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Region 13 Abaca farmers achieve 55% sales increase thru SAAD-funded equipment

Location

Talacogon, a 2nd class municipality, is considered the heart of Agusan del Sur. Surrounded by 8 municipalities and two adjacent cities, the town is advantageous for agricultural trade and commerce.

Barangay Cularam is located 30 minutes away from the sitio proper and can only be reached by an improvised motorbike with wings locally known as Skylab or habal-habal. Coconut and abaca farming are the main source of income by the farmers. The area is also identified as an End Local Communist Armed Conflict (ELCAC) site, and thus lacks economic development.

Prior to the SAAD Program

Before the Department of Agriculture- Special Area for Agricultural Development (DA-SAAD) Program intervention, the farmers were accustomed to the manual wide-stripping method (laguras). The output from this type of operation produces 100% low quality fiber (Binaba) which is priced at Php 40/kg.

Nevertheless, the farmers said they preferred stripping their abaca harvest manually because renting a machine would cost them 25% off their income and an additional 10% if they hire an operator. Since the machine was also stationary, farmers have to haul the materials from their farm to the machine, which makes the process more expensive and laborious.

Recipients of SAAD

The Culiram SAAD Abaca Farmers’ Association (CuSAFA), recipients of the SAAD Program-funded abaca production project in barangay Culiram, Talacogon, Agusan del Sur, reported a 55% increase in sales from processing high quality abaca fibers.

According to CuSAFA President Gil Gabales, the members stripped 13,017 kilograms (kg) of abaca fibers using the SAAD-funded machines. The group has a combined sales of Php 991,885 from January 2020 to August 2021 (Table 1).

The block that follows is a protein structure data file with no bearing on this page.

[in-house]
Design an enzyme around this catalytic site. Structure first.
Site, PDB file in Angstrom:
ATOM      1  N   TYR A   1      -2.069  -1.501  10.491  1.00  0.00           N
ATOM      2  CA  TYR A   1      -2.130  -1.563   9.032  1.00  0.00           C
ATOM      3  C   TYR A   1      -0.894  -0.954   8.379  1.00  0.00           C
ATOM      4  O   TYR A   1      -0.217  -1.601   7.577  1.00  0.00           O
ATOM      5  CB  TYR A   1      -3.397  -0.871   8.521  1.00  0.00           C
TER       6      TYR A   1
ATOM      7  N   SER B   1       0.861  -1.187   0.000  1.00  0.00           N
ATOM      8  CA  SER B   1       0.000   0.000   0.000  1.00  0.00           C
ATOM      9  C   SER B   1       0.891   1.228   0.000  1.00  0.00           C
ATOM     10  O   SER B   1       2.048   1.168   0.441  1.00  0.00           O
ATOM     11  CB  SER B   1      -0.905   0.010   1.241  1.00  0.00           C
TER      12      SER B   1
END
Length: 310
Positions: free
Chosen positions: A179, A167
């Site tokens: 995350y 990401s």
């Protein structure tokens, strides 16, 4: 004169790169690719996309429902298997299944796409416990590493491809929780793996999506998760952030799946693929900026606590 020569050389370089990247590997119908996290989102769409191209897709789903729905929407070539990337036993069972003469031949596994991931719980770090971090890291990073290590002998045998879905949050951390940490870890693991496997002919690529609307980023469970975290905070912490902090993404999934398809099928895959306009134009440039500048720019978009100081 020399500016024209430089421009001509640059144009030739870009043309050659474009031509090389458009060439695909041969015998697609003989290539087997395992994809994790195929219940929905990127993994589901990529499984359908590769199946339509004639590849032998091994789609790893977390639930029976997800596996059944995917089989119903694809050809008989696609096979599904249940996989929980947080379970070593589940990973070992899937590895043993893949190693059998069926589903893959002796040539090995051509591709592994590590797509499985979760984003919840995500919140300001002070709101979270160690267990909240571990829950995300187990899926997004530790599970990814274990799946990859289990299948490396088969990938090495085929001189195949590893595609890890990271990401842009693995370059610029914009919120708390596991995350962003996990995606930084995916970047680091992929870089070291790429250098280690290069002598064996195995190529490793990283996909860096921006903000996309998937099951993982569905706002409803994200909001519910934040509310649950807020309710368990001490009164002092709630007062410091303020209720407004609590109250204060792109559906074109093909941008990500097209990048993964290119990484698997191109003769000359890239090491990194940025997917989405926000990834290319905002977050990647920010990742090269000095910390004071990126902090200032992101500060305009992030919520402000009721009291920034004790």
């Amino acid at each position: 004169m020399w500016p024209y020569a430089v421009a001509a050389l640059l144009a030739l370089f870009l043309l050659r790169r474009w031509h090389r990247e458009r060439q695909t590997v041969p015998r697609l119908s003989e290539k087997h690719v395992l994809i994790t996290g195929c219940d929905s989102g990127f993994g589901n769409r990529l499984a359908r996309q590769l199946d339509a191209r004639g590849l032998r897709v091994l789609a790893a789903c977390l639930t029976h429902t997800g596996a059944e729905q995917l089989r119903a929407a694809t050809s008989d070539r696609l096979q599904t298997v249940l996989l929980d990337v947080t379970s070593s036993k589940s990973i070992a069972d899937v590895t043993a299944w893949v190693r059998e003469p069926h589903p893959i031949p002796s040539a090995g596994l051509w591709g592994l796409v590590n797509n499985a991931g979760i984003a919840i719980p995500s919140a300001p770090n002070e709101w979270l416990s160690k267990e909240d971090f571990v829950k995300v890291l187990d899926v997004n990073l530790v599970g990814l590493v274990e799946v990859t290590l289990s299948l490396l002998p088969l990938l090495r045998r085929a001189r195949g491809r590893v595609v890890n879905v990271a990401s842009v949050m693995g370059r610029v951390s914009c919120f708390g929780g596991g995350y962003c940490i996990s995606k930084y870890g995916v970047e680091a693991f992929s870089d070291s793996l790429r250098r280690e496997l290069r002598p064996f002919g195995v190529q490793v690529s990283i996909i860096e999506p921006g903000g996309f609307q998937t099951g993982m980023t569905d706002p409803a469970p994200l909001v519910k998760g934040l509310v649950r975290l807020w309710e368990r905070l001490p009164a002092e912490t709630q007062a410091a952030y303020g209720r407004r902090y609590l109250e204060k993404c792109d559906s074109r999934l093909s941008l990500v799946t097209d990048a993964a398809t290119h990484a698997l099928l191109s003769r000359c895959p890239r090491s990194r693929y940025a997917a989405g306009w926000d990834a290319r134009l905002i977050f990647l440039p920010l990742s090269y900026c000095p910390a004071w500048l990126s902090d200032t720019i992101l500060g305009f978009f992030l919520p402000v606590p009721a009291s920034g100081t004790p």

Table 1. CuSAFA’s income from stripping machines from January 2020-August 2021

 

The increase in profit is due to the 80% high-quality fiber output (S2) which is priced around Php 80/kg.

CuSAFA was granted with four stripping machines; two portable and two manual. They also received materials for 10 x 8 meters (m) UV plastic shed with a drying capacity of 200kg abaca fiber.

The interventions provided are part of the Php 6.8 million worth of abaca production support from FYs 2019-2021, which also covered the expansion of the group from 41 to 66 members in 2020.

To equip them with the necessary skills, the group underwent training on machine operation in 2019.

The group is currently capitalizing on their machines, generating additional income from rental fees. Group members pay 5% off their sales while non-members at 10%.

As of August 2021, CuSAFA has a total savings of Php 28,933 accumulated from machine rental alone, which they utilize for equipment repair and maintenance.

Production efficiency and quality

The  efficient abaca production ensures the high quality of the fiber. Since they transitioned from manual to mechanized stripping, the quality of their fiber has improved from 100% low grade to 80% high grade with only 20% low grade.

Mr. Gabales said that processing five bundles of abaca sheets (one Balotan) usually consumes a day or two if done manually. Using the stripping machines, it now only takes 30 minutes to complete the process. They can now process 100kg of abaca fibers in a day instead of taking a week.

Plans

Members of CuSAFA is expected to harvest 9ha by the end of this year, while 44.5ha will be harvested in separate months in May and December 2022 and July 2023.

Abaca is not new to the community, thus the CuSAFA recognizes this potential and works on becoming an established consolidator and produce competitive abaca fibers as soon as their plantations mature. ###

Writer: Mark Angelo Pineda, Information Officer- SAAD Region 13

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Special Area for Agricultural Development (SAAD) Program Online ISSN: 2718-9791
Published by the SAAD National Program Management Office Editorial Board

Contact | Follow @da.saadprogram

President Rodrigo Roa Duterte
Republic of the Philippines

William D. Dar, Ph. D.
Secretary, Department of Agriculture

Myer G. Mula, Ph. D.
Program Director

                  

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